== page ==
This is for Christmas and for everyone living with dementia
I’ve got the Kings College festival of lessons and carols on in the background.
I’ve wrapped a few presents, decanted the chilli and garlic oil into tiny old fashioned bottles with those porcelain tops that flip down on stiff wire. Like lemonade bottles used to be.
There’s tonnes of food in the house for the next week. And drink.
That familiar phrase…
And yet, I sit here with tears welling, just wondering, thinking…
Christmas at home when I was a child. Drinks next door. Go to bed excited. Turn the light off. Try to stay awake for the door handle rattle…
And then at five o clock jump out of bed and see the door handle pointing up from the weight on the other side. Quietly, ever so quietly, open the door and lift off the stocking, thick knitted, with an elastic garter sewn on to hold it to the door handle.
Elastic garters…long socks and shorts at school. It wasn’t pink and rosy and great…it was just school in the early sixties.
My tears are not for the past. It was not wonderful. I remember the November smog in Birmingham when I could not see more than two feet. Walking home from school four miles. Bumping into trees. School was a trial that lasted twelve years, twelve unpleasant years that moulded me and my values.
And I still get fund raising and commemoration and old boys’ dinners letters through the post. I hated it. Yet they still try to include me in their sham, prejudiced, entitlement world.
This Christmas seems more than ever before like the leaving of something. Here I am, dwelling on a past which really was not good. And yet, I will never recapture the Christmas anticipation and joy of childhood.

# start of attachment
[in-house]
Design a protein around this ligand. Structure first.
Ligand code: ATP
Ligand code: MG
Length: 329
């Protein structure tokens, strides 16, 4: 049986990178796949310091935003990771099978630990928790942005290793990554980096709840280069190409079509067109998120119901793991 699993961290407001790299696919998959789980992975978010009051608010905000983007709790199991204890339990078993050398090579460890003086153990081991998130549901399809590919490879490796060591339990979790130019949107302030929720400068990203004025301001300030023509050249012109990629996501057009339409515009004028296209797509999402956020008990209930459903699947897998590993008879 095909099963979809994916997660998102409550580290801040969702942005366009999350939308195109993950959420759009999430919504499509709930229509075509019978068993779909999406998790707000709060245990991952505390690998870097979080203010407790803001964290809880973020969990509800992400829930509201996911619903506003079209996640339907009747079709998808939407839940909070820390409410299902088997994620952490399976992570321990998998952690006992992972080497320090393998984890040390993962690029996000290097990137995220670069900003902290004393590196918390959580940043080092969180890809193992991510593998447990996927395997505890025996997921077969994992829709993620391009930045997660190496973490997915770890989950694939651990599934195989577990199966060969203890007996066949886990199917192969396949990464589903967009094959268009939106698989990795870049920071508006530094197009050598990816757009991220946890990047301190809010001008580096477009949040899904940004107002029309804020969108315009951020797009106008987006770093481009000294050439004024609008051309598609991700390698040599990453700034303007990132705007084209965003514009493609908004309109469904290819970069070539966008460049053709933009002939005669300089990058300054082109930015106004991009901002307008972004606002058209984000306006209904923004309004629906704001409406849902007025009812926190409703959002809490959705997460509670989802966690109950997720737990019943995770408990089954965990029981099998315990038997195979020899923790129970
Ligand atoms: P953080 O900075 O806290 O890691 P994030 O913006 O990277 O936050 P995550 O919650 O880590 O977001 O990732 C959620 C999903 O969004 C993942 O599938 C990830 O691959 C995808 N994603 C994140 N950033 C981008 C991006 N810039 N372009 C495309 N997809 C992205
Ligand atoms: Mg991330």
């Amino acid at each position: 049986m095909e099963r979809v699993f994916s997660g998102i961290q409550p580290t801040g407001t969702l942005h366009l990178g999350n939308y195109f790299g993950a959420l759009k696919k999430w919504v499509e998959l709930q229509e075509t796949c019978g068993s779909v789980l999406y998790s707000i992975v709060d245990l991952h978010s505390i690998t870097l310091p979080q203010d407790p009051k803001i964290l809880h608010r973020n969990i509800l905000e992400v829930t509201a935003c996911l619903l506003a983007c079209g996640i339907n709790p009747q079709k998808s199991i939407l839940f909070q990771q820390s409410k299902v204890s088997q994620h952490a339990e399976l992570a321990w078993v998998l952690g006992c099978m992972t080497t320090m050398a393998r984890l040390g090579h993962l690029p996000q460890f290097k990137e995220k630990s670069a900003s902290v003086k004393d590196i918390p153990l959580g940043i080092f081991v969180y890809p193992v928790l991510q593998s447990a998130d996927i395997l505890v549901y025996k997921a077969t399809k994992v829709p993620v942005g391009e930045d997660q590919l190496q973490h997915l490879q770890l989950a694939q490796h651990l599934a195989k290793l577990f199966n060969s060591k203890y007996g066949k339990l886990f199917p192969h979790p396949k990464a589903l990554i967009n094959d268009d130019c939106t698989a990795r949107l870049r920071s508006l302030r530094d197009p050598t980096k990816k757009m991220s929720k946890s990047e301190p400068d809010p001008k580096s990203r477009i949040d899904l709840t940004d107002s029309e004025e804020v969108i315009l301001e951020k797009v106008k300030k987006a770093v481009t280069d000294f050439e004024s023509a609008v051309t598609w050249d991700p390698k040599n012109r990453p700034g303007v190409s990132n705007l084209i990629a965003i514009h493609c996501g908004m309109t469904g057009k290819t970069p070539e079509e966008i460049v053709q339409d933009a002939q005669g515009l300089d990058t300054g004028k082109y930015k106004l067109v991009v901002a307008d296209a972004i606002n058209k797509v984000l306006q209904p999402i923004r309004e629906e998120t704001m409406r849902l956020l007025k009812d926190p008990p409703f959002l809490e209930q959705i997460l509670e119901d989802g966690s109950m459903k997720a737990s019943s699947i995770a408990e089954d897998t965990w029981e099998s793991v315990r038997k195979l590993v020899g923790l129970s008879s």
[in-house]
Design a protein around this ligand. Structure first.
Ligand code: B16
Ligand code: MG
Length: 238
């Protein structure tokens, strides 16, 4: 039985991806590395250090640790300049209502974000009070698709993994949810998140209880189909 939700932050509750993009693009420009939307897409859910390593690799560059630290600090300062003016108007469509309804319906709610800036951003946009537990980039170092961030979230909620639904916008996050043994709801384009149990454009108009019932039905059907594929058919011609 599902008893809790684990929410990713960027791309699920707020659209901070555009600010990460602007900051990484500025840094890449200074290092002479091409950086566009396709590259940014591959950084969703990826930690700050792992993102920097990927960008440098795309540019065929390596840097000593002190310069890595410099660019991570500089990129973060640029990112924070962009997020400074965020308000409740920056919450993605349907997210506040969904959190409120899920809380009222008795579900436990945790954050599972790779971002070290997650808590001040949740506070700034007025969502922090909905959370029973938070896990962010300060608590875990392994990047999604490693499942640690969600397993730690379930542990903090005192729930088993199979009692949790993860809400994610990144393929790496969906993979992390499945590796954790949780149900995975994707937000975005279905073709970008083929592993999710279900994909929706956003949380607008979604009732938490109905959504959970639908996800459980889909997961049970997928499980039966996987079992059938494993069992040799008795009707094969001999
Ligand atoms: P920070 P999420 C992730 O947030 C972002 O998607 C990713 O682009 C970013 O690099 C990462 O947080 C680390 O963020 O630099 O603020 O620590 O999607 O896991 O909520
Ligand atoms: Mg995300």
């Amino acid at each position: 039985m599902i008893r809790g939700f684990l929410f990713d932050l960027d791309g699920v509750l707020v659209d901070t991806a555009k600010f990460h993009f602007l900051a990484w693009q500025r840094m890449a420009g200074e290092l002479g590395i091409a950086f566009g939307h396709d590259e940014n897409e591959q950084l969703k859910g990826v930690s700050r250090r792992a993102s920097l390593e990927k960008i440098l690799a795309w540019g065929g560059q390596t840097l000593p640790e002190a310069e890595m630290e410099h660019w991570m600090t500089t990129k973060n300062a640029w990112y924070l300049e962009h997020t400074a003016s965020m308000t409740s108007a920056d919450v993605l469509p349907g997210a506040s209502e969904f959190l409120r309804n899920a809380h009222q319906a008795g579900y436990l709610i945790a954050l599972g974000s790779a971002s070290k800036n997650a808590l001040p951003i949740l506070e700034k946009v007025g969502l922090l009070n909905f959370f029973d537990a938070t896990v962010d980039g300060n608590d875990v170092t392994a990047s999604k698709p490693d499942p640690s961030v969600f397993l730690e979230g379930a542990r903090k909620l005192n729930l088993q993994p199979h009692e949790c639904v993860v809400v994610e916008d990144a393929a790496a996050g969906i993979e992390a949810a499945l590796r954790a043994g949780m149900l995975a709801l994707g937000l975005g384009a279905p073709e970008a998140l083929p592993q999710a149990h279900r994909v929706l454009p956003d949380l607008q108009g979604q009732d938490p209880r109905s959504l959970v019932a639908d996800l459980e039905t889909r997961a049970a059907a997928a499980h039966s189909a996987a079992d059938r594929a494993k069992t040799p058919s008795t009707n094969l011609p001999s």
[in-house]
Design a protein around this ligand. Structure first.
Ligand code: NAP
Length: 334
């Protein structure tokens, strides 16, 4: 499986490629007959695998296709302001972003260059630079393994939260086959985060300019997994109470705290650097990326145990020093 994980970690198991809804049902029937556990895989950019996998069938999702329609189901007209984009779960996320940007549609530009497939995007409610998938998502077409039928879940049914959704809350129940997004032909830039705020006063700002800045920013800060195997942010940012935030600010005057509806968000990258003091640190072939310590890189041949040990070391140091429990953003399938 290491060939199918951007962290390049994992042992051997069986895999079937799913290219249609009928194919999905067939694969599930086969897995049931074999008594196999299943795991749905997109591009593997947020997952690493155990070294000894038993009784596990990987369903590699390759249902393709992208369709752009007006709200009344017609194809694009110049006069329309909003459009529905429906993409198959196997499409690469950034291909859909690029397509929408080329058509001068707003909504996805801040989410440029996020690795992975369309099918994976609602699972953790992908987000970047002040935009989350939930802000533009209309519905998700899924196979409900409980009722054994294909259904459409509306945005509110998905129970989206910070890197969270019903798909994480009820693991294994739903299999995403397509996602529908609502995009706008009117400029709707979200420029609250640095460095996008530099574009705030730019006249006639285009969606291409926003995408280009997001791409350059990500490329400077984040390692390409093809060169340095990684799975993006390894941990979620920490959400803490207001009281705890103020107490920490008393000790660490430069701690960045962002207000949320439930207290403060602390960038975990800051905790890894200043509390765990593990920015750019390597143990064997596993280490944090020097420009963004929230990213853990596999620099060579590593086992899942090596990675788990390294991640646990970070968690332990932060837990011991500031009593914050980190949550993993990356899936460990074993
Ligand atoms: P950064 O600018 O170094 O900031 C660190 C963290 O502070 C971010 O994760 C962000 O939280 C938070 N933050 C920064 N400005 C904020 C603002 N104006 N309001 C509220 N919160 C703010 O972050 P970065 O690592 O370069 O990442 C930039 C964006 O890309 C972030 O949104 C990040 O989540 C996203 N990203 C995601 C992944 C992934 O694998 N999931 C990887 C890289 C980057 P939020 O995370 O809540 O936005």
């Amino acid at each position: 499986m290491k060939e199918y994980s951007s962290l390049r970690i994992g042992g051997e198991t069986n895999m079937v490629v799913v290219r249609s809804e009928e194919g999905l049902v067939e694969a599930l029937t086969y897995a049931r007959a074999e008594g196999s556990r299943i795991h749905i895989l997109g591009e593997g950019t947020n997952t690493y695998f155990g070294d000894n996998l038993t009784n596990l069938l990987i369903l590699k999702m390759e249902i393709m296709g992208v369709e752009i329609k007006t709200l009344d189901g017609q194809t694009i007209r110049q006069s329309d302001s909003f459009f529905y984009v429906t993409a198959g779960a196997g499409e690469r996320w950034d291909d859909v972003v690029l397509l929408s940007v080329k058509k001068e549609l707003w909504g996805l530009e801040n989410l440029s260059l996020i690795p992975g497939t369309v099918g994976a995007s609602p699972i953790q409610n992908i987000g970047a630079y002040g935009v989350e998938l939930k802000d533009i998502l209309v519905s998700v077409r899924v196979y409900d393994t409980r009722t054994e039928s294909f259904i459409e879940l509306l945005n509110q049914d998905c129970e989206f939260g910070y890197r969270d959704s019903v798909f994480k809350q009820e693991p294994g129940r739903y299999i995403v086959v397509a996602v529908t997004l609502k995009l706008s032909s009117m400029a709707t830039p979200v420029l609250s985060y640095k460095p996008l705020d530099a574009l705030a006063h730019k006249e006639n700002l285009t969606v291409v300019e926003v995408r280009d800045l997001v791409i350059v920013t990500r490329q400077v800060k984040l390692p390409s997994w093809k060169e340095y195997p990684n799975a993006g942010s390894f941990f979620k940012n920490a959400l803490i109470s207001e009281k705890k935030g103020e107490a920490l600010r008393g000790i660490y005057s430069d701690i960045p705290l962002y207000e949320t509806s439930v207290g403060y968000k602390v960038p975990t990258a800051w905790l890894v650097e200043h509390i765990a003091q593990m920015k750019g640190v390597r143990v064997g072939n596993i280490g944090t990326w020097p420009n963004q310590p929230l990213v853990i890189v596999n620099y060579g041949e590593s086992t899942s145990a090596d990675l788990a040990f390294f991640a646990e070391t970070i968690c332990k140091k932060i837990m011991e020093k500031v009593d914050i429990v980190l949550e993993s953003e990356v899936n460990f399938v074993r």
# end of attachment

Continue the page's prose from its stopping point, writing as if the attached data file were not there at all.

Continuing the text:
I am not alone. Nor are you. But we may be lonely. We may not want company, but we may miss it. We may have little past family left, or none at all. We may, like me, have siblings who don’t communicate, and might be happy, sad or dying. I really don’t know.
But Christmas is a kaleidoscope. All those memories and feelings are squeezed together prismatically, misshapen, colourful but unrecognisable, and just…there. Like a geezer, bubbling away in sulphurous mud, belching, farting out uncontrollable feelings and memories.
It is just too much to control. The lid comes off once a year. Blows up in the air, clatters to the ground, and leaves us staring wide-eyed into our memories and our feelings.
And it hurts.
It just hurts.
And that’s why tears come.
Don’t look, don’t feel, don’t wonder…just talk, eat, drink and be…merry?
Kill the time with booze, telly, games, presents, wrapping paper, food and more food…
That’s what we do.
But actually, Christmas on your own is eye opening, soul opening. Strip away the games and pretences, the hide and seek, the strategies to avoid thinking, and what do you have left…a void. A crevasse.
At the bottom of which are your memories of times past.
And if you have a terminal illness that will either kill you or limit your life, and gradually rot your brain or other organs, it is probably a good thing to have this time to reflect, and weep, and grieve for what you are losing.
It’s a difficult time. Because we have little hope. We know our time is limited. We know the next year will be a little more distant, isolated, removed.
So, please, don’t try to make us all happy and cheerful because, after all, it’s Christmas everyone!
Let us reflect and think and just, well, be quiet.
Happy Christmas and new year. But I might not smile.